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The Search for (Meaningful) Work

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Shaping A Life

The idea of combining 1) earning a living and 2) loving every minute of my life, seemed like a reasonable goal. For as long as I can remember, I wanted to be a French teacher. I went to school, traveled to Europe, did my student teaching. At the same time, I had this vision that I’d be happy living on a farm with animals. I didn’t see any reason why I couldn’t make this happen.

Then I realized that:

  • I had lived in the city/suburbs my whole life. Living in a rural environment maybe wasn’t the greatest idea.
  • I am allergic to most animals.
  • I liked teaching and the kids, but I didn’t like the “school” environment as a work place.

So all my initial plans had to be tossed. What would take their place?

Reality Check

If I had a better understanding of myself and what I needed, my route to finding meaningful work  probably would have been smoother. I was lead down my path by:

  • not getting good input/advice
  • doing what other people expected of me
  • being driven by financial stability
  • not understanding what ‘else’ I could do to earn a living

On my way to being a grownup, I made a decision about a serious relationship.  That led to determining where I lived, which then led to the kind of work of I did. Once I had children, my life was “shaped.”

The biggest difference I see between myself early in my work life and those entering the workforce today (Millenials), is that they are insisting that employers meet certain criteria for ‘good’ work. I love this and support it wholeheartedly.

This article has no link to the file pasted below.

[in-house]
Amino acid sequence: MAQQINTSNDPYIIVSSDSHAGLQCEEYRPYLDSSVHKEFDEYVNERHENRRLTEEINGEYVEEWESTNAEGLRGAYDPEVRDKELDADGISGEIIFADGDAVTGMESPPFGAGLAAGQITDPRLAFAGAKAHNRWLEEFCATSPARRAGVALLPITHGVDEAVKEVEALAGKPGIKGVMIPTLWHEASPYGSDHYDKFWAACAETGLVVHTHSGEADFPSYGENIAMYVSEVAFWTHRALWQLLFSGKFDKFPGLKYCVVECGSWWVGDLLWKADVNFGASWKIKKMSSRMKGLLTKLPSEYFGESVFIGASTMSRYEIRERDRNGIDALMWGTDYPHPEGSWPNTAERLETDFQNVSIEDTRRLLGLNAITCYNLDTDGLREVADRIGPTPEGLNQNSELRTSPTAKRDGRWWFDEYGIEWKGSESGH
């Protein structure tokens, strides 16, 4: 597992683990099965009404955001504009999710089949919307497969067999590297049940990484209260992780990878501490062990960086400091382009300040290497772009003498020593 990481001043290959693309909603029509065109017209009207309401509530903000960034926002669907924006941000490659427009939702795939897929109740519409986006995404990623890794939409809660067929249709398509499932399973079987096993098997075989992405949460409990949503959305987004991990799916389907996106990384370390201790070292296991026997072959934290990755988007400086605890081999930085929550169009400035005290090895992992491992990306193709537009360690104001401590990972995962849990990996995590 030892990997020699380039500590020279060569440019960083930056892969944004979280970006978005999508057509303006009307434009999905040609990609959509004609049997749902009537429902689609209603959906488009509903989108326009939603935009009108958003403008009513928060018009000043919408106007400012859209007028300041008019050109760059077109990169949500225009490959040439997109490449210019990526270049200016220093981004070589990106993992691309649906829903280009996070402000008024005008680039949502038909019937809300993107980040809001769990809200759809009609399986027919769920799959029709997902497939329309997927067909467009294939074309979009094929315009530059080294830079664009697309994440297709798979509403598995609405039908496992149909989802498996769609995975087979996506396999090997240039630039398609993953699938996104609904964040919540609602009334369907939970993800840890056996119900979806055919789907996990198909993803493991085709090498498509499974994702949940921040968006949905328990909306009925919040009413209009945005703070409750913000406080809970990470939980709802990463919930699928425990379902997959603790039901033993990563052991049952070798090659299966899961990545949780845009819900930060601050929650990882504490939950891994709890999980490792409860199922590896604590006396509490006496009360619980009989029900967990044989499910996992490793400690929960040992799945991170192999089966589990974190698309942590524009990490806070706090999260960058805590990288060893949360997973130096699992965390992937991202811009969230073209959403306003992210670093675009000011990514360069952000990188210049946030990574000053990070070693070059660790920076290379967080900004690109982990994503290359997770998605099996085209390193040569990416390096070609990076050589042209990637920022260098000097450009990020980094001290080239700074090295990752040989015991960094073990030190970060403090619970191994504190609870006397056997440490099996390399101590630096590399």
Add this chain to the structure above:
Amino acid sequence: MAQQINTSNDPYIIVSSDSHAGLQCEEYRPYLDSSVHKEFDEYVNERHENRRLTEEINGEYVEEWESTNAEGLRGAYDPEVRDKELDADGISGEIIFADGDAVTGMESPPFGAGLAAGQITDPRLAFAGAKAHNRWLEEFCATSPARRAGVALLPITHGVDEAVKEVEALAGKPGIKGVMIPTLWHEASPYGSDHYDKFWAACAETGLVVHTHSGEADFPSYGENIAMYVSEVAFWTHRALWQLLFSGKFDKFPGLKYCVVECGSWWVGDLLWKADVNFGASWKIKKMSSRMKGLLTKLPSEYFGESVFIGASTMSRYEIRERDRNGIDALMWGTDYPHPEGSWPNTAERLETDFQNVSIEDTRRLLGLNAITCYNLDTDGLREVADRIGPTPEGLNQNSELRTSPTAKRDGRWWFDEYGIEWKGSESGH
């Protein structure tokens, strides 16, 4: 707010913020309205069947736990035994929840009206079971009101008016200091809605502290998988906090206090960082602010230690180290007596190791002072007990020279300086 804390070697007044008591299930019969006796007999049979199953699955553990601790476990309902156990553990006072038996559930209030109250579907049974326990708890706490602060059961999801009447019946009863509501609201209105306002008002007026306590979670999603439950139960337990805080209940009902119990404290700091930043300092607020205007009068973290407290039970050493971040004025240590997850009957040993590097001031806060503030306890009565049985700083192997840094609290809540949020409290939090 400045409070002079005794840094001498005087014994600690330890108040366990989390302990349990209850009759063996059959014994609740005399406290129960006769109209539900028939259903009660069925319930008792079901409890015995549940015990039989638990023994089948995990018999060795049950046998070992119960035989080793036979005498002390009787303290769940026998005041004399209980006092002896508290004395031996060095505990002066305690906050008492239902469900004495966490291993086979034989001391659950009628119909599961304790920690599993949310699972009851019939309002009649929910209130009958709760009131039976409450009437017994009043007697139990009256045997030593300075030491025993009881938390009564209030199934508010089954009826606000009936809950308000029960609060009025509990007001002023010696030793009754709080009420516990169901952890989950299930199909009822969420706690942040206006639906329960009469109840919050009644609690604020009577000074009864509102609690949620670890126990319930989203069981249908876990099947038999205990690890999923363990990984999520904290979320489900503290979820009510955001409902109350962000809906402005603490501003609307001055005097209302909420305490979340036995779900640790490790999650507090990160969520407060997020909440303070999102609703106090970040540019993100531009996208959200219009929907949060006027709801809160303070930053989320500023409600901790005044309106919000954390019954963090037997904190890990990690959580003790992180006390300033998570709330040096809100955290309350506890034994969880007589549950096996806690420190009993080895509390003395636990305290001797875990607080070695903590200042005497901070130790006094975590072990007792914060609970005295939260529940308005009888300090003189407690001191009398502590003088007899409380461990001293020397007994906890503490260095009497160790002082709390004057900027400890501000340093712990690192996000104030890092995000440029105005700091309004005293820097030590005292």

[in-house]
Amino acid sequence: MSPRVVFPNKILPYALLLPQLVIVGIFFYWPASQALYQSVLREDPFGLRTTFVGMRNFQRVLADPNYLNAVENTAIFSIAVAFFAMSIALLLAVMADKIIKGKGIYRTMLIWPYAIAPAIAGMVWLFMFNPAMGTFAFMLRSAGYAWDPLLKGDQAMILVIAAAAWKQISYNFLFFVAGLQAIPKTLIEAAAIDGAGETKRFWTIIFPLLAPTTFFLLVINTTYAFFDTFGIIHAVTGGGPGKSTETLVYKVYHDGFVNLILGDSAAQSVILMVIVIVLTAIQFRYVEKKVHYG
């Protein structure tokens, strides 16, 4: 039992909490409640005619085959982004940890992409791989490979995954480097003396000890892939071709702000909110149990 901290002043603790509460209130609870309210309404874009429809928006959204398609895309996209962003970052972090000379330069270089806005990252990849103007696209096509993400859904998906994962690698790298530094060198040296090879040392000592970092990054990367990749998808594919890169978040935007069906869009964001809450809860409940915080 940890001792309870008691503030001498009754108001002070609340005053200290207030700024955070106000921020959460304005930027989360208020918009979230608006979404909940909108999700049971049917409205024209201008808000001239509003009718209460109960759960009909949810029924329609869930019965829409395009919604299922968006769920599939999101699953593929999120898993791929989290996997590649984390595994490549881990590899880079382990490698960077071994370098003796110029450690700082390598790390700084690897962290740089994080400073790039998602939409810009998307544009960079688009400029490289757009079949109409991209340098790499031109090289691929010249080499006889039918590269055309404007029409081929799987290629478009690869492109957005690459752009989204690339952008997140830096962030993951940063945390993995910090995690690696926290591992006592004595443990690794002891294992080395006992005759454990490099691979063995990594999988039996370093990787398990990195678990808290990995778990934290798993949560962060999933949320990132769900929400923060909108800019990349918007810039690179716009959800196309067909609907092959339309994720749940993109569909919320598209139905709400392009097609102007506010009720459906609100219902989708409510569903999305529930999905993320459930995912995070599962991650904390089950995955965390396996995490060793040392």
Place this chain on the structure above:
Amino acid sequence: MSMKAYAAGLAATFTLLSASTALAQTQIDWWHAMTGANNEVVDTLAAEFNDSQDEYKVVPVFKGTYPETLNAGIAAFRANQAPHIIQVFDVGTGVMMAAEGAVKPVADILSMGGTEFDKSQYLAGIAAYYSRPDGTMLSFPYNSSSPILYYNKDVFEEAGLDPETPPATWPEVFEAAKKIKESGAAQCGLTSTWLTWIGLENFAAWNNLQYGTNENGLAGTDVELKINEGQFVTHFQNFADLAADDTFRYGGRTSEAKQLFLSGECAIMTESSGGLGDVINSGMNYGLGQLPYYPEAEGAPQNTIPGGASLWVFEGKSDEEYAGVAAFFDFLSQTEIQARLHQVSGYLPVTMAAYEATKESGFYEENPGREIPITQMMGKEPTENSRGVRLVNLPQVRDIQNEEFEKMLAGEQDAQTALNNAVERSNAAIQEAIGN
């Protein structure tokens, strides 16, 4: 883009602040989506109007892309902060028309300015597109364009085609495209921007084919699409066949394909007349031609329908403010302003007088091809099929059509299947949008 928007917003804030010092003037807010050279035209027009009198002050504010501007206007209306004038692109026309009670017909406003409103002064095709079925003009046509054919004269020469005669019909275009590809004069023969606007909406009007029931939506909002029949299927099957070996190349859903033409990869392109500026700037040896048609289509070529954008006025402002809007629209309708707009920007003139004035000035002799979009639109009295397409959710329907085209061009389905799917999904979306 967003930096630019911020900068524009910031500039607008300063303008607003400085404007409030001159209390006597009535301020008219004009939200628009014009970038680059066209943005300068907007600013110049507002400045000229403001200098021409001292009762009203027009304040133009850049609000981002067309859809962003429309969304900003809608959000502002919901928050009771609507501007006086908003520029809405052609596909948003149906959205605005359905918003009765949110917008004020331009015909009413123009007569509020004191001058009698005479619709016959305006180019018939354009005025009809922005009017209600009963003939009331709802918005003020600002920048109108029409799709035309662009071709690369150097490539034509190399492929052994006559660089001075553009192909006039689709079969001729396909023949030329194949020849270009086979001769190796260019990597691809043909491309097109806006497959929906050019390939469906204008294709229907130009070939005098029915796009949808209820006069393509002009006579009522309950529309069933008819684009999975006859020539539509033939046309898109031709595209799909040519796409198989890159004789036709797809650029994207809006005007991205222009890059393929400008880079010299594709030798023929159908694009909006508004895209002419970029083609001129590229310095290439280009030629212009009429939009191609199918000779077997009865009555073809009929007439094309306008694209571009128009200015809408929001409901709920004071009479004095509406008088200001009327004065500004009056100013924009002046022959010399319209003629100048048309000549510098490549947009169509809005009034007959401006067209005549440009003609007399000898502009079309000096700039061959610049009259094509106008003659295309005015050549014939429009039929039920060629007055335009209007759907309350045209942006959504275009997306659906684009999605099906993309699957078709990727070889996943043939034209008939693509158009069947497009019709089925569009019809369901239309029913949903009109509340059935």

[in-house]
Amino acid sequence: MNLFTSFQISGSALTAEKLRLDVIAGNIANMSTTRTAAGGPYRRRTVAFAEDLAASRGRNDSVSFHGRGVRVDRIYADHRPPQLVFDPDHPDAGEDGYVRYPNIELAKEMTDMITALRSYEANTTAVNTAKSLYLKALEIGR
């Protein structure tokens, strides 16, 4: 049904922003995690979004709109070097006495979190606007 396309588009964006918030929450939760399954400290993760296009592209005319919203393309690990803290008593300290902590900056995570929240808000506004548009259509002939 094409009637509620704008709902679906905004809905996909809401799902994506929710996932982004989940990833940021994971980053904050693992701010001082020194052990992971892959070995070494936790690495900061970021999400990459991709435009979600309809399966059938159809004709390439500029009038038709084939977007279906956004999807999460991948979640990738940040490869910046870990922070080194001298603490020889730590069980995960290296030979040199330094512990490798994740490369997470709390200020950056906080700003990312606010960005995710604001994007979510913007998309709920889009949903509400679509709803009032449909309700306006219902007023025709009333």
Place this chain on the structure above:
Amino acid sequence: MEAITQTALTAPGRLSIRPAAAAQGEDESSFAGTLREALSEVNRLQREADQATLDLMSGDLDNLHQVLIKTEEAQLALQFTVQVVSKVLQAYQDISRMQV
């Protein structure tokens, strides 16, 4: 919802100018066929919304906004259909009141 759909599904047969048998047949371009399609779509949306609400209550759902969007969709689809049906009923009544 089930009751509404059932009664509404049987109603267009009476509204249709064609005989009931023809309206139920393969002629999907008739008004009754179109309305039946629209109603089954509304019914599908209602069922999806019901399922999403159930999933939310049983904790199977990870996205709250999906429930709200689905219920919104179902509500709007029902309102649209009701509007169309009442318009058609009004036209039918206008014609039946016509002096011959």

Finding and Enjoying Meaningful Work

As I talk to Millenials, they articulate their journey to ‘good’ work.  As I understand it, they mean not just finding a paycheck (their experience is, there’s always another job), but finding a place to work that values what they value. Things like:

  • scheduling and benefits flexibility
  • organizational social conscience/impact
  • personal feedback and growth

Unlike previous generations, it seems they are willing to give up ‘compensation/pay,’ for a place to work where they feel valued.

As a Millennial entering or starting out in the workplace, do you know what questions to ask during an interview to find out if the organization is a good cultural fit for you?

I have some ideas about this and will be writing more about it. I look forward to our journey together.

Image credit; Jack Kerouac

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